FIESTA, Corolla, Golf, Qashqai, 5-series. They are just five of several names I could have chosen to illustrate a point I want to make about instant model recognition.

ou don’t need to know the maker of the car; they are institutions in themselves. A Fiesta is a Fiesta. It also happens to be a Ford.

That instant recognition is a tribute to the trust people put in such cars and have done for many years.

Indeed, I have come across instances where people confused model name and maker.


And that’s why Toyota has held on to the widely recognised Yaris nomenclature to partly adorn their new compact SUV/crossover. It’s called the Yaris Cross. The word Yaris is a reassurance and a way of making the new crossover an immediate part of the family.

The Cross shares a fair amount with the supermini. It is built on the same platform, has the same 1.5-litre 116hp petrol hybrid powertrain and even the same wheelbase.
Yet it is quite, quite different.

For starters, it doesn’t look nearly as much like a Yaris as you’d expect. It is bulkier, taller, longer and shaped more like what a mid-market crossover should be. It is also much roomier despite having the same wheelbase.

Fair dues to the engineers. They have created room to great effect – you sit nicely raised within the larger frame.

Ground clearance is 30mm higher; is 90mm taller and 20mm wider than the hatch.

And they have pulled off a master stroke with the boot, which is a large multi-level affair and extends to an impressive 397 litres. Research for this car segment shows boot space to be a deal maker/breaker. The Ford Puma has a particularly deep, large one.

I think the new infotainment display with 9-inch touchscreen (on top-spec models) was worthy of note. It is not on all models.

For once, for me, the navigation system worked well. That was especially the case on one of the most dreary, wet mornings I have had the misfortune to drive in during peak traffic from south Dublin to just off Dorset Street, in the city centre.

Boy-oh-boy was I glad to find a parking spot near my destination. The Yaris Cross tucked nicely for me into a slot I would not normally venture to fill. On such moments do bonds forge between driver and vehicle.

Less so, in this case, on the open road. Though while it didn’t set the world alight, it gave a good enough account of itself – who needs performance from a family crossover? To be fair, there was reasonably taut feedback but it is not as sporty as the Puma, for example. There was a more solid feel to the drive.

For the adventurous among you, the electric all-wheel drive system has a 5kW motor driving the rear wheels (normal is via the front two).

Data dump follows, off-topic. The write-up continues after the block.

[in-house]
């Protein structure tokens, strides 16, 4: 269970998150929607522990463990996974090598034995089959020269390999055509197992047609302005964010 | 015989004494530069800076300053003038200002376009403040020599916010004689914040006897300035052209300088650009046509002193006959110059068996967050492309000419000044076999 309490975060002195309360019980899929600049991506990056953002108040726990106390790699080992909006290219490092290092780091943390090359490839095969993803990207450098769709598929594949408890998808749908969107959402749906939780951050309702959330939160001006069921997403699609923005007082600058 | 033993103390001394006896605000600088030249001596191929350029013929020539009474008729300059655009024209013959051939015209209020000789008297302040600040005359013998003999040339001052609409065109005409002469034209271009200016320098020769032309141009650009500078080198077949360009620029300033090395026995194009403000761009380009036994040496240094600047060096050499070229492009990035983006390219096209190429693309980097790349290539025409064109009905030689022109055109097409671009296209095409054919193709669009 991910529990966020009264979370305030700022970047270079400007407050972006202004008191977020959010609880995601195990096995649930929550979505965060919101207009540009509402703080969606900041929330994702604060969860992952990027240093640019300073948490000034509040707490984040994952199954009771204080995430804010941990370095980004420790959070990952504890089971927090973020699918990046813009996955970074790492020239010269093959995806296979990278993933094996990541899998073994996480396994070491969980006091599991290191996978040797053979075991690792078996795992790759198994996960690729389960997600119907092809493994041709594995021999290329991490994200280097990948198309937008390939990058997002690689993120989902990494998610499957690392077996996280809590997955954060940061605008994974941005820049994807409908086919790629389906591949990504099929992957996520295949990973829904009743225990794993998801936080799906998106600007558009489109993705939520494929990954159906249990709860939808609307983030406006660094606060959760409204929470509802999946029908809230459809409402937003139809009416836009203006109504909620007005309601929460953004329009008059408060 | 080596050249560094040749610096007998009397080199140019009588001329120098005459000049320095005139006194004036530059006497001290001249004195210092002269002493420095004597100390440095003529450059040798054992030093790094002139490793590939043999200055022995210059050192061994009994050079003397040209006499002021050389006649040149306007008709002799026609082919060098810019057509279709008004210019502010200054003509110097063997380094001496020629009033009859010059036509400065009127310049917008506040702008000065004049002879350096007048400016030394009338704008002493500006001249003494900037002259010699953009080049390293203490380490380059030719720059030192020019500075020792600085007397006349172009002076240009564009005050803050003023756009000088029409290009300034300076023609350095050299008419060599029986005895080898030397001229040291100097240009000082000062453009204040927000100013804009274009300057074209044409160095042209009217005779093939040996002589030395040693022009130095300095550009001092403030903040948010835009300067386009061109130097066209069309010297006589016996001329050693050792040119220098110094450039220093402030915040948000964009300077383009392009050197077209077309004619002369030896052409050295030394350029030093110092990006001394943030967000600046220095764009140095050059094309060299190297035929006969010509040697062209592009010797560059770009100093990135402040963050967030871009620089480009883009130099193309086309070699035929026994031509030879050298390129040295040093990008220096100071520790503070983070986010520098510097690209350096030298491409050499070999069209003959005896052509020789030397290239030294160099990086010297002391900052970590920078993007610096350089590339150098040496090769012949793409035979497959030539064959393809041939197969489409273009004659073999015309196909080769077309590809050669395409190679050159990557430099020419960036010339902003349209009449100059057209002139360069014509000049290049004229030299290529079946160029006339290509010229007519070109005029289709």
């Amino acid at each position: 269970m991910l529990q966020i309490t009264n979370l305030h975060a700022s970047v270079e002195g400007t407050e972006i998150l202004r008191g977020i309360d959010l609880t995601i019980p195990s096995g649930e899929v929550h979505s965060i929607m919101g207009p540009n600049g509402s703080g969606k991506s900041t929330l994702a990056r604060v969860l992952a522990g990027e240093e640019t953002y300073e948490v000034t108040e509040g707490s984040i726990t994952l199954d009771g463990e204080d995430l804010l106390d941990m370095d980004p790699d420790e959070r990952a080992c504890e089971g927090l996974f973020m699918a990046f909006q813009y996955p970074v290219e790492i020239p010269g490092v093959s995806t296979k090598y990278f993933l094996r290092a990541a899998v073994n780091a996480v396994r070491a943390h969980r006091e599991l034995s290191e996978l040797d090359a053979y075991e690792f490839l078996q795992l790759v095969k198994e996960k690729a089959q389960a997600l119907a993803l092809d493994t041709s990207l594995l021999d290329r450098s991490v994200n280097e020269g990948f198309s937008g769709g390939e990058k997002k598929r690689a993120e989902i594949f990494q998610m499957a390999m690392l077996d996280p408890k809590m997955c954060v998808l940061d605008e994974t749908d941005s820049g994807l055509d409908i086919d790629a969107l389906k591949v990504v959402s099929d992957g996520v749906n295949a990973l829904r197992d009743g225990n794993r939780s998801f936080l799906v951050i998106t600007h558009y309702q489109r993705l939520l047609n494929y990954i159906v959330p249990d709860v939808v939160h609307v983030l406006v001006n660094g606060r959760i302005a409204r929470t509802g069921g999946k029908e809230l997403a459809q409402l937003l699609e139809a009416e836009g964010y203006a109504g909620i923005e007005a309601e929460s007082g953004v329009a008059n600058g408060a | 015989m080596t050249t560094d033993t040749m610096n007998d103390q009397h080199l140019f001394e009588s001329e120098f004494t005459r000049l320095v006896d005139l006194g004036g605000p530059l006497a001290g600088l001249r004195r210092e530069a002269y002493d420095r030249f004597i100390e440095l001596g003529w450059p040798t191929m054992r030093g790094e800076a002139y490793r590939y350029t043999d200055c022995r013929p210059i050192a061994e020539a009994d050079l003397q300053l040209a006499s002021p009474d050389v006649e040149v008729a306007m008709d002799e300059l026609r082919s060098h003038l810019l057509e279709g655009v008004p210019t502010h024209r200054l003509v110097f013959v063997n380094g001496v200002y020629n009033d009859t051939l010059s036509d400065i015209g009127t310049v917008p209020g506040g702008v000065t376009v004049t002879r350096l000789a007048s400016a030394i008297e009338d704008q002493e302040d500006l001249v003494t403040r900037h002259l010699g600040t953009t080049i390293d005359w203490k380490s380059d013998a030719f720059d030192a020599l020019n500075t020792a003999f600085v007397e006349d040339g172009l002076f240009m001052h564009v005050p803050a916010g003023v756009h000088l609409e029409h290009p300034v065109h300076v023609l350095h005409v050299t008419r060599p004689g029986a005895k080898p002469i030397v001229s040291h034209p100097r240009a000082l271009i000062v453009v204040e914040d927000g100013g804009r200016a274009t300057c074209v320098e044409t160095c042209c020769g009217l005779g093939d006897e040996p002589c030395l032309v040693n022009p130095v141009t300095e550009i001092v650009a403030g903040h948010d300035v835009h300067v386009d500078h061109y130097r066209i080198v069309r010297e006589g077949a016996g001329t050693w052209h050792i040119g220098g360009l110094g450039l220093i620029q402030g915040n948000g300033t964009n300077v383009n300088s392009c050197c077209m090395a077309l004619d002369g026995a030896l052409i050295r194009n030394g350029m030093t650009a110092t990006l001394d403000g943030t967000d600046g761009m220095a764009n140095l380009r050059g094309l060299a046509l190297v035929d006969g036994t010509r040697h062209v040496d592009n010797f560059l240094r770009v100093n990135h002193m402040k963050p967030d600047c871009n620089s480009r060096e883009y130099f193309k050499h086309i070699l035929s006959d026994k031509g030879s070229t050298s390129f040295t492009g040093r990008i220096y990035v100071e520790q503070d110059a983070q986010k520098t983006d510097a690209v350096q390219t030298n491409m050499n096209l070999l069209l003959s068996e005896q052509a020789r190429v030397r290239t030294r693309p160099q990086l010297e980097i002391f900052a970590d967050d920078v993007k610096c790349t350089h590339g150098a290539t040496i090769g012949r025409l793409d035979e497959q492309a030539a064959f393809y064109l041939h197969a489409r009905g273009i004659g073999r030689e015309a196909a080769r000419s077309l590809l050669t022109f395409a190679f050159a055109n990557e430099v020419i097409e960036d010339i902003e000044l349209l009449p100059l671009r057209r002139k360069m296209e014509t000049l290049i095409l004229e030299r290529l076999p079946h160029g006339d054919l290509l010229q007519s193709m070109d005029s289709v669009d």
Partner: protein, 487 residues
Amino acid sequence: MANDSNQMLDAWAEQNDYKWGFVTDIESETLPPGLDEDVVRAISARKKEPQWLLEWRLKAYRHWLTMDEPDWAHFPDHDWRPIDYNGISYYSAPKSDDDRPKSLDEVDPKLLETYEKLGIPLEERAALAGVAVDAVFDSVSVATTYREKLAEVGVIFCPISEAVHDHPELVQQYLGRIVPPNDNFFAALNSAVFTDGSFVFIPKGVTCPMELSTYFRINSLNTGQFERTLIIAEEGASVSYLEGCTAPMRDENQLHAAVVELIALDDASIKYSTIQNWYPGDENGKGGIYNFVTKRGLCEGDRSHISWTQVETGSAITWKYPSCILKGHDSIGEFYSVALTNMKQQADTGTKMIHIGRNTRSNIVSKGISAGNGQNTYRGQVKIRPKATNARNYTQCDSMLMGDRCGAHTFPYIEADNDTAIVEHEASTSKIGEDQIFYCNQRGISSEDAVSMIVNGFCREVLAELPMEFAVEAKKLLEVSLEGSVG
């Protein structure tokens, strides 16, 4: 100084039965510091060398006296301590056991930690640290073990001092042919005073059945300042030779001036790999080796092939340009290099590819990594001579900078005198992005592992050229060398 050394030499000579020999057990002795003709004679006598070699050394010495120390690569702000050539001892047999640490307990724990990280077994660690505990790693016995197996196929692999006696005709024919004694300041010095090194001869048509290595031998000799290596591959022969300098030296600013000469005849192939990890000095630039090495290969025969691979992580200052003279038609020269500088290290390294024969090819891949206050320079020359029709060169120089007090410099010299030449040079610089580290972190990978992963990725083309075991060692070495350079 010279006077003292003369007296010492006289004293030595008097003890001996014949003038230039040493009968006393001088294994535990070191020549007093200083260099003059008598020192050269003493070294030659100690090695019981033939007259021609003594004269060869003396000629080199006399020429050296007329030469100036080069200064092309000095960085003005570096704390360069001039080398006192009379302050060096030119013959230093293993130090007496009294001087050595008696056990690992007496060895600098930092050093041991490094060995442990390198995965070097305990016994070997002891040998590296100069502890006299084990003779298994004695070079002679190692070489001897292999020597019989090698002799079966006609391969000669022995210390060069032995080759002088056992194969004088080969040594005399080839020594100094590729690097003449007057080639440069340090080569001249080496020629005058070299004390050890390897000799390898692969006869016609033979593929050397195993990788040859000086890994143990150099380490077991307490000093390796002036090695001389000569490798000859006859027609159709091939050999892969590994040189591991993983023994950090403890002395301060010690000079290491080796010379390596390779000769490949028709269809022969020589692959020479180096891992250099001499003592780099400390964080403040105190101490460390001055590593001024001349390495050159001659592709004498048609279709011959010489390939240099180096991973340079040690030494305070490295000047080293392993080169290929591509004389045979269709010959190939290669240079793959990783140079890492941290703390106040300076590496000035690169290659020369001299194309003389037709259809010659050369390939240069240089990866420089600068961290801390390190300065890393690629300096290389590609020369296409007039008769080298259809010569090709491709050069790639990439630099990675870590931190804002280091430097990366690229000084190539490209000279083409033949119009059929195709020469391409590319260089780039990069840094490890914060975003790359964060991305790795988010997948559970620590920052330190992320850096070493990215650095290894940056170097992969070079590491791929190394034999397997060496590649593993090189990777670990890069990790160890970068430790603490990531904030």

Speaking of the Puma. It and the Juke, Captur, Arona, T-Cross are names that are not, perhaps, as well known as the Fiesta just yet, but the Puma (Ford), Nissan (Juke), Renault (Captur), SEAT (Arona) and Volkswagen (T-Cross) are big rivals for your money if you’re in the market for one of those compact crossovers. At least one-in-eight of you are, according to statistics. There are myriad models and more coming all the time.

Market research into these small SUVs is clear: You want smart design, higher driving position, plenty of infotainment and connectivity.

The Yaris Cross, like so many newer competitors, ticks most of those boxes.

One area Toyota has put a lot of emphasis on is its Safety Sense system. It has a list of warnings, alerts, aids and supports as long as January’s wait for the pay cheque.

For example, its forward collision warning system can detect vehicles between zero and 180kmh, pedestrians at night-time (10kmh-80kmh), cyclists during daytime (10kmh-80kmh). I’m a fan too of intelligent adaptive cruise control which recognises new speed limits and suggests altering speed to include them.

There are lots of other driver assists but – heresy – one of them drives me mad. It’s called lane tracing assist (LTA). It keeps you centred in the lane at all times. Only thing is, if you stray a little at all, it kicks up a hell of a fuss. Worthy but annoying.

The new car is powered by the 3cyl 1.5l petrol engine hybrid set-up and consumption is a claimed 4.5litres/100km to 5.1litres/100km depending on model. The 3cyl wasn’t working much on my cross-city forays but it was on motorway drives.

Would I buy it? Probably, but it is a bit pricey. A few euro more gets you an entry-level Corolla, but that misses the point. Someone buying a Yaris Cross wants different things than  a saloon driver. So if you are one of many seeking a compact crossover, here is another name to put on your list.


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